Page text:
Anyone who has studied the history of the early church has likely heard of Perpetua and Felicity and perhaps has read the classic text, The Passion of St. Perpetua, St. Felicitas, and their Companions. I think I read that account in college and then again in seminary.
The saints, martyred in 203, are honored today of Roman Catholic and Protestant calendars and on February 1 on the Orthodox calendar. The Orthodox site has this account:
"Perpetua, Felicity, Saturus, Saturninus, Secundus and Revocatus were all young catechumens living near Carthage. Perpetua was of noble birth; Felicity (Felicitas) was her slave. All were arrested under Emperor Valerian's persecution and sent to Carthage. Perpetua had a young child still at the breast, which she asked to take with her.
"The holy martyrs appeared before the tribunal and joyfully received their sentence of condemnation to be thrown to the wild beasts in the arena. Felicity, who was eight months pregnant, was concerned that her martyrdom might be postponed because of her pregnancy, but at the prayers of her friends, she went into labor three days before the games. As she groaned in labor, a jailer mocked her, telling her that the pain she felt was nothing to the pain that she would feel in the arena. The Saint replied, 'Here I suffer for myself; then there will be Another with me, who will suffer with me; and my sufferings will be for Him!' When she gave birth, she entrusted her newborn child to the care of a Christian couple and prepared for her end.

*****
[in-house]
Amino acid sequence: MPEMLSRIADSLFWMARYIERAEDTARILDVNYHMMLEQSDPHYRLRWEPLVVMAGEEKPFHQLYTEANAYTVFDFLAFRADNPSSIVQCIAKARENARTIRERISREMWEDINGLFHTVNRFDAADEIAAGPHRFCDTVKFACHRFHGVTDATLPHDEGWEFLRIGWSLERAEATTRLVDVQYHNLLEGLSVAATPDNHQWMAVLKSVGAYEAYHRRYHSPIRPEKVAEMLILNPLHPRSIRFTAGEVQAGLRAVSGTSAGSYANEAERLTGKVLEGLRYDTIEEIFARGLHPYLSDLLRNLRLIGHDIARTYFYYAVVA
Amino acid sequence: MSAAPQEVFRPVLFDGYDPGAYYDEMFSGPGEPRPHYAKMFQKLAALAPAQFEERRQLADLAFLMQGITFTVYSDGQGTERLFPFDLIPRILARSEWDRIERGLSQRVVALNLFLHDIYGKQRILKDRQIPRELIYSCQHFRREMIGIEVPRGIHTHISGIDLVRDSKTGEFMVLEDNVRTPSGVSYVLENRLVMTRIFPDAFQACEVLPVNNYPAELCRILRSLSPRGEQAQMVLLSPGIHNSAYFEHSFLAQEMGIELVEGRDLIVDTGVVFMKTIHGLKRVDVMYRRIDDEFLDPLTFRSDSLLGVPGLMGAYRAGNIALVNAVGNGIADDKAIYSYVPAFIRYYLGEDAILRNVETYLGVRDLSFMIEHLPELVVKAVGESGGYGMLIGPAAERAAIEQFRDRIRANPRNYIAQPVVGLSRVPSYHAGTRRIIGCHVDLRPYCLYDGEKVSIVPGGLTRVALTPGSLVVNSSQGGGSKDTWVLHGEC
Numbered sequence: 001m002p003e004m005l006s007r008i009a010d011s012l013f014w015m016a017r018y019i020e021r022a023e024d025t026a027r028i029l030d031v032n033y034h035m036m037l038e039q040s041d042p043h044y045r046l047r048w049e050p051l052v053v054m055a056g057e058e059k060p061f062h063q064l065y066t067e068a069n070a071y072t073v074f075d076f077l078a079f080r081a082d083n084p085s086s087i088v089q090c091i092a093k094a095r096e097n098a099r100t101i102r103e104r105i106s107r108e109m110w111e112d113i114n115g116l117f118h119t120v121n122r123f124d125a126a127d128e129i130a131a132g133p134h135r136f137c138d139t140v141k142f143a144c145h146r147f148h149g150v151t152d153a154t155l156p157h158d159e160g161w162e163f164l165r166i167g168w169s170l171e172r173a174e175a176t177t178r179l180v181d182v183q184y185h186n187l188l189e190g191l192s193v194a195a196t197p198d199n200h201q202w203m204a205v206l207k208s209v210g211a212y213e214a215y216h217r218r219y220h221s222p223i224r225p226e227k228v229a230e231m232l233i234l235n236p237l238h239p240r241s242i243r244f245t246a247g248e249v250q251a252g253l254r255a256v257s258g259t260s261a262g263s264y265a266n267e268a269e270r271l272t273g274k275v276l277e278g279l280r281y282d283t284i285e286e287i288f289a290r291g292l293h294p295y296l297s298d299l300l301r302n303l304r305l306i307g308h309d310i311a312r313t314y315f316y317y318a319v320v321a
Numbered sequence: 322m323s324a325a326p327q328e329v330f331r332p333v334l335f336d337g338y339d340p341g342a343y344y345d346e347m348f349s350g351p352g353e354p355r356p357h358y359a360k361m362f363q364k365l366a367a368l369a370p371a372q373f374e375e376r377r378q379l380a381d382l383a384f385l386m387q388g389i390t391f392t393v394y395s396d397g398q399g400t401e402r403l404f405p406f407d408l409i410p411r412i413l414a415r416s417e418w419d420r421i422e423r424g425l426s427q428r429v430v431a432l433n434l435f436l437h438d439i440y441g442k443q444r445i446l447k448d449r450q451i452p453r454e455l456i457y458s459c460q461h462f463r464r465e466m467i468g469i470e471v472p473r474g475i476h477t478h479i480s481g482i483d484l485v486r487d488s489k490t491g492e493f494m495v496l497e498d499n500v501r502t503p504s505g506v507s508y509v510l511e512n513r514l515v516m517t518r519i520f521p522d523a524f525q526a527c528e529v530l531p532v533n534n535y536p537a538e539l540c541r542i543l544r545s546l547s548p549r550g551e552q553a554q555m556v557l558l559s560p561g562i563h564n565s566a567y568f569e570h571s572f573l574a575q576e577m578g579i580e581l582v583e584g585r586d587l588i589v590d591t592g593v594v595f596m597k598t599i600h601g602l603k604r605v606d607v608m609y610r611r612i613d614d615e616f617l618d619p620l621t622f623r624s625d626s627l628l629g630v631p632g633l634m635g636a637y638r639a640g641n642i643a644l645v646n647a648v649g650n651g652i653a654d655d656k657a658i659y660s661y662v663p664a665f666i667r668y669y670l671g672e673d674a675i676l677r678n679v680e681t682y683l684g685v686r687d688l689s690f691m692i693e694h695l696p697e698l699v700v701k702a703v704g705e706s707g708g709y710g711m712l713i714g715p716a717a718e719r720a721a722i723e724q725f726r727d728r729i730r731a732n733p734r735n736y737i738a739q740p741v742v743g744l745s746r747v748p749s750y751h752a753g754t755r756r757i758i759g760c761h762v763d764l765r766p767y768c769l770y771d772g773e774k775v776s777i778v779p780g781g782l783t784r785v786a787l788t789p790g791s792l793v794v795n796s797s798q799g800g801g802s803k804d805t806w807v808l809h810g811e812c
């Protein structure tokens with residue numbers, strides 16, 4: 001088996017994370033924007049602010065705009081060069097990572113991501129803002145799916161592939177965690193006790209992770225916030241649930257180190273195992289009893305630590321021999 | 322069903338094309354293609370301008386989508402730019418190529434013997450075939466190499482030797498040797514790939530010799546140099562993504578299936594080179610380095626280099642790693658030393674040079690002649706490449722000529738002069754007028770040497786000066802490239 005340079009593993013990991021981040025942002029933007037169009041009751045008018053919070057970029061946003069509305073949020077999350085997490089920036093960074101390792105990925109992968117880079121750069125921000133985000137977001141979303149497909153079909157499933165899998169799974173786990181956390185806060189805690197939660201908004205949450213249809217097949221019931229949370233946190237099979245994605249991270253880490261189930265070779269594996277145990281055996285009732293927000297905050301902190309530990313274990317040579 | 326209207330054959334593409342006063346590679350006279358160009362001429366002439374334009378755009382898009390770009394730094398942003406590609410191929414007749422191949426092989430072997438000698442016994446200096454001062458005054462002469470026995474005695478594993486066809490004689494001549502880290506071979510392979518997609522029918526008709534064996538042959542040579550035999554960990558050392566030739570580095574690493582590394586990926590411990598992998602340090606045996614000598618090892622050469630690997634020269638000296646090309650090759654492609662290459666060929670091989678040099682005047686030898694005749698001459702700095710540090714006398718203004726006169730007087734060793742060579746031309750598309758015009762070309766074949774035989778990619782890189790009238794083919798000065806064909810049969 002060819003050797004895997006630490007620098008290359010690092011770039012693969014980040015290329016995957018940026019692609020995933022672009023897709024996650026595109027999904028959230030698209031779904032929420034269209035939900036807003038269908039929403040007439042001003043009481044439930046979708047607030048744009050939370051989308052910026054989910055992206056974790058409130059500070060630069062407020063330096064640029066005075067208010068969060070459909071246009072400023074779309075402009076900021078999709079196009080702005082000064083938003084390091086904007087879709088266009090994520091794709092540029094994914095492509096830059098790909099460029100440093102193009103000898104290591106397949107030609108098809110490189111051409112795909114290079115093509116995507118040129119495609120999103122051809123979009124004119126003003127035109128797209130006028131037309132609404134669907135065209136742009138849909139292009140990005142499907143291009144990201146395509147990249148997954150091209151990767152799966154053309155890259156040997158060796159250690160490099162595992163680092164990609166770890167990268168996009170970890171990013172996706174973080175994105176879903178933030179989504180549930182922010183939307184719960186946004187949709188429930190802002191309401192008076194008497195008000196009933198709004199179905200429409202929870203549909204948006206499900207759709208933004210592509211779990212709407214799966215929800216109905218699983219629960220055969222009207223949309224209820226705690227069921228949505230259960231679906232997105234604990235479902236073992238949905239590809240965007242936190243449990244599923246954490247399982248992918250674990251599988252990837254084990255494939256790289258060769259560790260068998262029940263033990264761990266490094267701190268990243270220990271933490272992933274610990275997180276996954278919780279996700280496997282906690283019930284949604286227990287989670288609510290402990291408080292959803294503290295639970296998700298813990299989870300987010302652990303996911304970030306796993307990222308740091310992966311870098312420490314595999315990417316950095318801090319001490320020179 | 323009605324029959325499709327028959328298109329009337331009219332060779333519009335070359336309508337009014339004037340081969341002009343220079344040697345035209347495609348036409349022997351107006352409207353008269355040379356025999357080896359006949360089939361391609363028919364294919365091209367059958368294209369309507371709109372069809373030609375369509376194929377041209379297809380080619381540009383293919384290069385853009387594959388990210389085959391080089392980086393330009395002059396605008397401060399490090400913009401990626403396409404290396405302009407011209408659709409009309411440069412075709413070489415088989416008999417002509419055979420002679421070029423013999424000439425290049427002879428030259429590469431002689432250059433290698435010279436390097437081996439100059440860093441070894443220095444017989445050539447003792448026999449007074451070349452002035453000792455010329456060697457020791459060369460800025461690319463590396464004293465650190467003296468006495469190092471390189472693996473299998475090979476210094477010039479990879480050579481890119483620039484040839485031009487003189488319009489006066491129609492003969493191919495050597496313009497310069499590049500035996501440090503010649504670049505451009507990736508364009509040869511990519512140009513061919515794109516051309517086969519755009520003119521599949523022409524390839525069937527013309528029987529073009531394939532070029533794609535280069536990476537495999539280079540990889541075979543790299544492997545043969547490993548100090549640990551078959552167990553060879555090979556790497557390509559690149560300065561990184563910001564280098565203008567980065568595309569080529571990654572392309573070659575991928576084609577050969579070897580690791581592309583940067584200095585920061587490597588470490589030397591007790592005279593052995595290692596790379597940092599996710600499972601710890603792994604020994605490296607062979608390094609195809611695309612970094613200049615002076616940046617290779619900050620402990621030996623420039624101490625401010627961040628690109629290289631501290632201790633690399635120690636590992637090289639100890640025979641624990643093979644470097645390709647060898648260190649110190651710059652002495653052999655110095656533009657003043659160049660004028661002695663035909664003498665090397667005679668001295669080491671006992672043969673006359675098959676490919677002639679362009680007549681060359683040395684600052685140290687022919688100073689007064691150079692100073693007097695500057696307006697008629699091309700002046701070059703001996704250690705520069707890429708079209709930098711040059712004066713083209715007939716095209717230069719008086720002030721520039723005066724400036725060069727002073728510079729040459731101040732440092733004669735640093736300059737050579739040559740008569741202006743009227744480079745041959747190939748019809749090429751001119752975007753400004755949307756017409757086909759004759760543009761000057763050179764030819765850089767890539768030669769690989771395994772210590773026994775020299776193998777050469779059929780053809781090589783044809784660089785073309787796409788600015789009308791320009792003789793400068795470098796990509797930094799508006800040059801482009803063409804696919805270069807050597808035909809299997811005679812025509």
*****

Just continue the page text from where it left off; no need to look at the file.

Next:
"On the day of the games, the brothers and sisters in Christ entered the arena together. The men were soon killed by the beasts, but Perpetua and Felicity, though mauled, remained alive. The impatient persecutors ordered that they be beheaded. Walking to the center of the arena, the two spiritual sisters exchanged the kiss of peace and gave up their souls to God."
Here is another account: http://www.catholic.org/saints/saint.php?saint_id=48